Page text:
Movie Review: Thunderbolt and Lightfoot (1974)
“He has exactly seven minutes to get rich quick!”
Thunderbolt and Lightfoot (1974)
Director: Michael Cimino
Cast: Clint Eastwood, Jeff Bridges, George Kennedy
Synopsis: With the help of an irreverent young sidekick, a bank robber gets his old gang back together to organise a daring new heist.
Clint Eastwood (The Dead Pool, Unforgiven) belatedly climbed aboard the buddy bandwagon in 1974 with Thunderbolt and Lightfoot, a crime comedy-drama which was the debut feature from writer/director Michael Cimino, who would, of course, go on to make a name for himself with The Deer Hunter in ’78 before falling from grace in spectacular fashion two years later with Heaven’s Gate. Cimino’s tendency towards overlong running times was already apparent, with Thunderbolt and Lightfoot‘s near-two hour running time showing signs of post-production tampering.
Eastwood is Thunderbolt, a Korea veteran turned bank robber who finds himself pursued by aggrieved former accomplice Red Leary (George Kennedy – The Sons of Katie Elder, Cool Hand Luke) and his sidekick, Goody (Geoffrey Lewis – 10 to Midnight), who mistakenly believe he has cheated them out of their share of loot from their last robbery, for which Leary did time. In truth, Thunderbolt and the gang have fallen victim to the hoariest of post-heist sub-plots: the wooden schoolhouse in which Thunderbolt hid the money has been demolished to make way for a sprawling glass-and-brick one. Leary isn’t initially inclined to listen to excuses, however, which is how Thunderbolt meets young drifter and car thief, Lightfoot (Jeff Bridges – The Last Picture Show, The Big Lebowski) whilst fleeing from Leary and his shotgun. Although they appear to have little in common, Thunderbolt and Lightfoot develop an increasingly close friendship as the older man eventually reaches an unlikely truce with Leary, and the gang decide to recreate the original robbery.
On paper, all the components for an enjoyable knockabout comedy are present and correct, but there’s something oddly awry about Thunderbolt and Lightfoot – something that prevents it from ever really clicking. It has appealing leading men in Eastwood and Bridges, two able semi-comic foils in the ever-reliable George Kennedy and under-rated Geoffrey Lewis, and a typically irreverent ’70s attitude towards authority. It should fly, it really should – but it spends most of its time flapping its wings without ever really getting airborne. The problem is two-fold. While both Eastwood and Bridges are fine actors in their own right, they’re like oil and water on-screen, with Bridges’ spirited exuberance repeatedly overshadowing Eastwood’s infinitely more laid-back persona. This disparity of their characters severely limits the chances for any chemistry between the two, and as Cimino neglects to give either man much of a back story, it’s difficult for us to identify with them.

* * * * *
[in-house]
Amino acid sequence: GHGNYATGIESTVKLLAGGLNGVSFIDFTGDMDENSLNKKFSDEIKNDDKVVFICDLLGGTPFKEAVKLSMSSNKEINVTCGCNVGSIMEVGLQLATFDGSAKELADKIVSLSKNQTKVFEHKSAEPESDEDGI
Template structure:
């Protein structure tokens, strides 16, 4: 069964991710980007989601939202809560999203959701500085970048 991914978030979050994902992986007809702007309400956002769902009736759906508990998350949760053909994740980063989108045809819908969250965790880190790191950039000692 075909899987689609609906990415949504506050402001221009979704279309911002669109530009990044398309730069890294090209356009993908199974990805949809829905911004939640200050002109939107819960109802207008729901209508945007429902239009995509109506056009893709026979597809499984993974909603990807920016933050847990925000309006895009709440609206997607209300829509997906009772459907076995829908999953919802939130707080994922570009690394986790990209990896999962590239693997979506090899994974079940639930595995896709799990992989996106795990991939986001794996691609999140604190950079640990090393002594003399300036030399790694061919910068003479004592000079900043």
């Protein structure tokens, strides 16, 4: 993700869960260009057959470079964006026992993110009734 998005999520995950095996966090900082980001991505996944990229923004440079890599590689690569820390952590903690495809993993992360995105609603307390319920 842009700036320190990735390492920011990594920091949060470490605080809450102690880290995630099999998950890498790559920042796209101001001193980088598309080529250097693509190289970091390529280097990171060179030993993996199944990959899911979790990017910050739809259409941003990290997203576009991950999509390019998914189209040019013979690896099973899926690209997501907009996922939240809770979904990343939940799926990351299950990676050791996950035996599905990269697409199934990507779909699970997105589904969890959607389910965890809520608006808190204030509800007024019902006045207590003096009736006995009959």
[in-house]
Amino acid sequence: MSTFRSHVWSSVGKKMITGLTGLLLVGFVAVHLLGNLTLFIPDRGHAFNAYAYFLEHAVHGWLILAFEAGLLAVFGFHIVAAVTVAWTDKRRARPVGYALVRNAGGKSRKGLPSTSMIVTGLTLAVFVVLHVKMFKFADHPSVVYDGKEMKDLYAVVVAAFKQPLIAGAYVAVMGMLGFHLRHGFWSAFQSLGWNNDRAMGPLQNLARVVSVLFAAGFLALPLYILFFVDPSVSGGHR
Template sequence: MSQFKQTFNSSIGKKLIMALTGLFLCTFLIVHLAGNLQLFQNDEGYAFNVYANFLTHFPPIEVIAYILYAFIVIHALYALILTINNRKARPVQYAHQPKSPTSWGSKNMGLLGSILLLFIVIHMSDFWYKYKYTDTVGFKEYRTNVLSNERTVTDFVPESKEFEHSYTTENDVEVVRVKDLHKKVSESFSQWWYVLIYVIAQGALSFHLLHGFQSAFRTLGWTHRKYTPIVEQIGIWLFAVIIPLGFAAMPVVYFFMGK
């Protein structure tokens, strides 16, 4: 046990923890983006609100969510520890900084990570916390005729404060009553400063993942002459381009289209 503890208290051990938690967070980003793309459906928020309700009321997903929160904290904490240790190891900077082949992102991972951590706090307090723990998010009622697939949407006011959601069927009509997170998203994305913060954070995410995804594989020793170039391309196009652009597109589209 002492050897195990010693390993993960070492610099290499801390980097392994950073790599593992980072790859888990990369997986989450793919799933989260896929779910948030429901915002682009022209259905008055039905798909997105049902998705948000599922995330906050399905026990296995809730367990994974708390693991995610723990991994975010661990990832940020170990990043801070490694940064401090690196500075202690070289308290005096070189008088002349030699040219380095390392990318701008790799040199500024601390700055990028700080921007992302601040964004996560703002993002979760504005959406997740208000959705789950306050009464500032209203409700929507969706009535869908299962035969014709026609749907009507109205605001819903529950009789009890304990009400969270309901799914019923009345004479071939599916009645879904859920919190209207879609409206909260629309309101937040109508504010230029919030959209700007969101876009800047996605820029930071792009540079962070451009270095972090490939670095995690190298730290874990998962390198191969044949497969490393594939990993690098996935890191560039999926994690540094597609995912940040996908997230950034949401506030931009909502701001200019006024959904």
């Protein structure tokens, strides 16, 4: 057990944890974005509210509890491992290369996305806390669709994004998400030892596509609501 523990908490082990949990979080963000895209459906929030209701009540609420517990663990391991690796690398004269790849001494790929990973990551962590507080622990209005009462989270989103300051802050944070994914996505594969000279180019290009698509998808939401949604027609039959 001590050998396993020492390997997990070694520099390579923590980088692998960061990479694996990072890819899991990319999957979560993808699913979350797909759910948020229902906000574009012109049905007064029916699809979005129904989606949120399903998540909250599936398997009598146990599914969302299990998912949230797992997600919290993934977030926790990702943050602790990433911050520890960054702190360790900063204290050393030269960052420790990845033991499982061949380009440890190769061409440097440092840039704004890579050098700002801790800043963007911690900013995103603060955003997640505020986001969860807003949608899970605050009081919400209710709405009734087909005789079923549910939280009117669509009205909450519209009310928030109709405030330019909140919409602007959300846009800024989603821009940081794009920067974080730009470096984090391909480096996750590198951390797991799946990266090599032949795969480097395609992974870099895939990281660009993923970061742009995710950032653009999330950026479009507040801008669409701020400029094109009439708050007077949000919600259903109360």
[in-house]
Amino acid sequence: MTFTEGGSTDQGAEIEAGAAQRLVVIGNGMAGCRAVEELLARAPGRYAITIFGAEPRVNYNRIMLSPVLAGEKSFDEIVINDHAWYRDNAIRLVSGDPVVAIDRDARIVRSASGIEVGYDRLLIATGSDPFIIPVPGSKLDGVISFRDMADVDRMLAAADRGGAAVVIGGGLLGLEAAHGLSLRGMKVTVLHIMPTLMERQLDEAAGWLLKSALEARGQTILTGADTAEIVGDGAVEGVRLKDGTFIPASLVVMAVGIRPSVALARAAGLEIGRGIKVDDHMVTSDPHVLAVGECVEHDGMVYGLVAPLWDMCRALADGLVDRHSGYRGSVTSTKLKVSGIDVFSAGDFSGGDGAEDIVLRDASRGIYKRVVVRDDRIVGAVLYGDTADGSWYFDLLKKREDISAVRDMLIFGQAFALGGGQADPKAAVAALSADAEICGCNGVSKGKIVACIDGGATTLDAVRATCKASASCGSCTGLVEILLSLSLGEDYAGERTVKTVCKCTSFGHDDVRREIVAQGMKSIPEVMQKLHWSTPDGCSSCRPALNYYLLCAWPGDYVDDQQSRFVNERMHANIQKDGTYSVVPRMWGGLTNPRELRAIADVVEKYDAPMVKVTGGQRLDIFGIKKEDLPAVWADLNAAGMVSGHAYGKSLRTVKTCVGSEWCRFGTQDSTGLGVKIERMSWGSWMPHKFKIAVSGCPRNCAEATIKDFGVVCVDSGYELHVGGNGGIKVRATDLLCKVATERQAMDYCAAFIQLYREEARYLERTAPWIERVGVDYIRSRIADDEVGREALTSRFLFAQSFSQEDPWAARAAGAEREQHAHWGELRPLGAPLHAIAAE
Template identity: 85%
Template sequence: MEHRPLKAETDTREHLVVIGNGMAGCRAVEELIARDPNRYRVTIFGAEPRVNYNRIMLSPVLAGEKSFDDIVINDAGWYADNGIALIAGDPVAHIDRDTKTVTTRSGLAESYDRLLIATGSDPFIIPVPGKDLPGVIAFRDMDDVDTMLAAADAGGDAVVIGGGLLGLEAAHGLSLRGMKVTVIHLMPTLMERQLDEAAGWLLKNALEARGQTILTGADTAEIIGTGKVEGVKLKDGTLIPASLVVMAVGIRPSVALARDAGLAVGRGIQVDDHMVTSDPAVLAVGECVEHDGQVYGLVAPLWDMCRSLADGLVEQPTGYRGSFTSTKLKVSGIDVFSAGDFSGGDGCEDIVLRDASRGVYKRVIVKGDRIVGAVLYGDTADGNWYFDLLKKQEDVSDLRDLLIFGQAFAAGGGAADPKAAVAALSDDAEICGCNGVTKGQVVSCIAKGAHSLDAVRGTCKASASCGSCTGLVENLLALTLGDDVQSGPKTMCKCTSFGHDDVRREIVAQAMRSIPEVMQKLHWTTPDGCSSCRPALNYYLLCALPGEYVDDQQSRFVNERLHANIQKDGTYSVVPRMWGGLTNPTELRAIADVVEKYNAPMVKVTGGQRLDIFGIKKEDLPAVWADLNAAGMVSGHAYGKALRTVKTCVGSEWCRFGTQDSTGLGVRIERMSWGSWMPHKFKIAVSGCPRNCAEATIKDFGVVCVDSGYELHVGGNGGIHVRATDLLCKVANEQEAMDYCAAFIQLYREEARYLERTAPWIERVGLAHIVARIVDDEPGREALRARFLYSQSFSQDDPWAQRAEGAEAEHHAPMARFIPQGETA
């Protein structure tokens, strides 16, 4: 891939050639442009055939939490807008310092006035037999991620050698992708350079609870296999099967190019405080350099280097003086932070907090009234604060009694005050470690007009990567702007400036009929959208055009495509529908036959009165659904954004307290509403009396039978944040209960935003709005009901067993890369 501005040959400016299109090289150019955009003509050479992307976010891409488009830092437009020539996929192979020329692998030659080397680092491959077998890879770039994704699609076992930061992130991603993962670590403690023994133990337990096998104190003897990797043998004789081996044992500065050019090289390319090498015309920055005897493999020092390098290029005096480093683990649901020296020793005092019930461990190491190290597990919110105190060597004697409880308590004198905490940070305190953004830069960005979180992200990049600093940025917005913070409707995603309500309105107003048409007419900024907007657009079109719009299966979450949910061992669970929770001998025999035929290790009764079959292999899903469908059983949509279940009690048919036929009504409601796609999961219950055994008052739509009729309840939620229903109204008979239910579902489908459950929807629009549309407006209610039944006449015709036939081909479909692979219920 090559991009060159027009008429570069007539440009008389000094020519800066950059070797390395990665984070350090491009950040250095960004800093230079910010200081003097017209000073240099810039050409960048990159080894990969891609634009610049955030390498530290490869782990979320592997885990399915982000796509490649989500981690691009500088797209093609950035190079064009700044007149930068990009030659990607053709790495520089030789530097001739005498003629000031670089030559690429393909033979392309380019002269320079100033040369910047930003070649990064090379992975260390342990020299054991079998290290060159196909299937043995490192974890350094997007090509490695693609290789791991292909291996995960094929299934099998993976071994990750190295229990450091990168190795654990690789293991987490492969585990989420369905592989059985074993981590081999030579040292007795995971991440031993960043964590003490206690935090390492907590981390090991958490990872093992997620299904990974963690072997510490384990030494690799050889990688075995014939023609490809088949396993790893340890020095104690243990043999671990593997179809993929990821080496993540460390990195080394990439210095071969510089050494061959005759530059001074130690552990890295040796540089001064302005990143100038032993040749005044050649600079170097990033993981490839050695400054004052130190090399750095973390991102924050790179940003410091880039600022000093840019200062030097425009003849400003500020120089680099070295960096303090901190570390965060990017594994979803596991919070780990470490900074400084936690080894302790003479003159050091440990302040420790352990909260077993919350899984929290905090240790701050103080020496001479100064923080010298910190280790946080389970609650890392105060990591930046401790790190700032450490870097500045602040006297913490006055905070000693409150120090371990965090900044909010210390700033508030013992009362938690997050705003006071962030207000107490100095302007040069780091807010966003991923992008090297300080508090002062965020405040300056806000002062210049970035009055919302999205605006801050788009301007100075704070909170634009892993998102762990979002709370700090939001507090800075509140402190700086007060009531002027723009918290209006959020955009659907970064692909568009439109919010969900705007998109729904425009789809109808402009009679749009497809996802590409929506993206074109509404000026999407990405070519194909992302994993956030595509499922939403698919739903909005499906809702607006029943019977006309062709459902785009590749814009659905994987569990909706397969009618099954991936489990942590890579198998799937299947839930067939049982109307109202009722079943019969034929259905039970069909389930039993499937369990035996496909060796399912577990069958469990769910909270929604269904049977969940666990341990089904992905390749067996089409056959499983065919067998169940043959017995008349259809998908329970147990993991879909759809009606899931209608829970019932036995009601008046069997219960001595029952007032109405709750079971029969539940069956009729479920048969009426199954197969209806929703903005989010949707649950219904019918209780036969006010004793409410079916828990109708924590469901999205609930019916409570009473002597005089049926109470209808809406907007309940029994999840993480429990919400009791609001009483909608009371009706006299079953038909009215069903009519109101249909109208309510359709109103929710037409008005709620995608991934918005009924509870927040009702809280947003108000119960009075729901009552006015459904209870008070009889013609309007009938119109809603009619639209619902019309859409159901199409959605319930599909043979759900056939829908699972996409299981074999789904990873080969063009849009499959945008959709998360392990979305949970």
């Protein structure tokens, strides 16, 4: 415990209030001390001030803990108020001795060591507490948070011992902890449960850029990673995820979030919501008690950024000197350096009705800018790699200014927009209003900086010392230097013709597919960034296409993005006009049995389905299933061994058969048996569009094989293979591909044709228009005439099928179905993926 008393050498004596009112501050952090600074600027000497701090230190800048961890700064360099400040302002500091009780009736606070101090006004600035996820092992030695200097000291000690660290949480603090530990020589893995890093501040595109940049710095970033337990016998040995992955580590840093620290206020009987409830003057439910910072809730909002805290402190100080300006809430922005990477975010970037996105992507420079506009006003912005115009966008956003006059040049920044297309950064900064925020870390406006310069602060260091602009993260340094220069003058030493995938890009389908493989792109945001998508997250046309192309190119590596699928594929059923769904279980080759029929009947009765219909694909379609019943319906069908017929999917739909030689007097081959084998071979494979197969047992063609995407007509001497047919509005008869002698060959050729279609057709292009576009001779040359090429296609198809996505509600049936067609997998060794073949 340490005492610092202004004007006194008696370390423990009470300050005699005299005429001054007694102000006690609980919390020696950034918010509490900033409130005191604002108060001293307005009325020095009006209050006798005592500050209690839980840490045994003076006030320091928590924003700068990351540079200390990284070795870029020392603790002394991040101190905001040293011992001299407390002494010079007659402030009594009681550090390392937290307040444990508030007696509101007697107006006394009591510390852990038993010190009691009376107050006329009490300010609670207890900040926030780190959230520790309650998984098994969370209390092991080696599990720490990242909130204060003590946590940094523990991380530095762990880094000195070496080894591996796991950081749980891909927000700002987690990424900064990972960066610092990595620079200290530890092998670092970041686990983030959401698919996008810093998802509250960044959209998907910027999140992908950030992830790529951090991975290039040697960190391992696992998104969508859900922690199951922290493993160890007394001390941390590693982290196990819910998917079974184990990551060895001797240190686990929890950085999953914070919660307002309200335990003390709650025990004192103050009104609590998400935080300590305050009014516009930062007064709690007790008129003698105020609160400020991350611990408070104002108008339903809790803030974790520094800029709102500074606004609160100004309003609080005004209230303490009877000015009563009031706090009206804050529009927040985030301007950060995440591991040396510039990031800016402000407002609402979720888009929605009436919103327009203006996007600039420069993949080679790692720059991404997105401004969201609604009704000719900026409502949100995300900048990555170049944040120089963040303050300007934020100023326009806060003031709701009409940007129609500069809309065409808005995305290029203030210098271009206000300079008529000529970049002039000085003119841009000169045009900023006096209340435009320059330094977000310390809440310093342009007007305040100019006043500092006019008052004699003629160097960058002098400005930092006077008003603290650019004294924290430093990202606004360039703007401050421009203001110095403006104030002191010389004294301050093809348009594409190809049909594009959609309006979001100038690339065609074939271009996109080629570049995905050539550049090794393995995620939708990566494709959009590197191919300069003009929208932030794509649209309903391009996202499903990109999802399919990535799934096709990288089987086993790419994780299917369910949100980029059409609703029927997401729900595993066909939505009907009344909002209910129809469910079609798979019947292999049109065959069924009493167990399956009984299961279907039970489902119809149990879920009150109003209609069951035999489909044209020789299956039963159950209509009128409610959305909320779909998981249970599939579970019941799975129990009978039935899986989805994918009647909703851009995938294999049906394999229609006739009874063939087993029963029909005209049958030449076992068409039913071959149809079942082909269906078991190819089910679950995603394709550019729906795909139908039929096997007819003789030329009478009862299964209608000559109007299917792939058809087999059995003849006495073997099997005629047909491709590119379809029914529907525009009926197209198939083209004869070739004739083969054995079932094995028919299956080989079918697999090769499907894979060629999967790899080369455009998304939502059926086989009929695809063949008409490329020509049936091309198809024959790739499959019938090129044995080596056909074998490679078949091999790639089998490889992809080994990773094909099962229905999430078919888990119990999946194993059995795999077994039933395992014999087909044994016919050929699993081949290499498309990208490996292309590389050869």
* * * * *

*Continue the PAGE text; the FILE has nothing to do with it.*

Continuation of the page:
The fact that Cimino finds it impossible to drive the plot forward while simultaneously charting the developing bromance between the two men results in Thunderbolt and Lightfoot becoming something of a fractured movie; it meanders amiably along in its first hour, briefly pausing to contemplate calculatedly offbeat encounters with naked women and crazed drivers which function purely as self-contained vignettes to deepen the men’s bond, before suddenly remembering that the publicity material promised the audience a heist movie. To be fair, each portion of the movie is fine, they just don’t blend together the way that they should, especially as Cimino struggles to make us believe that Leary, the man who’s been chasing Thunderbolt around the country on a mission of righteous vengeance for half the movie, would agree to embark on another heist with the crook he believed cheated him. At least Kennedy and Lewis stoke the dying fire whenever they show up. In fact, it would be a lot more interesting to spend a couple of hours in the company of Leary and Goody than Thunderbolt and Lightfoot.
(Reviewed 16th May 2016)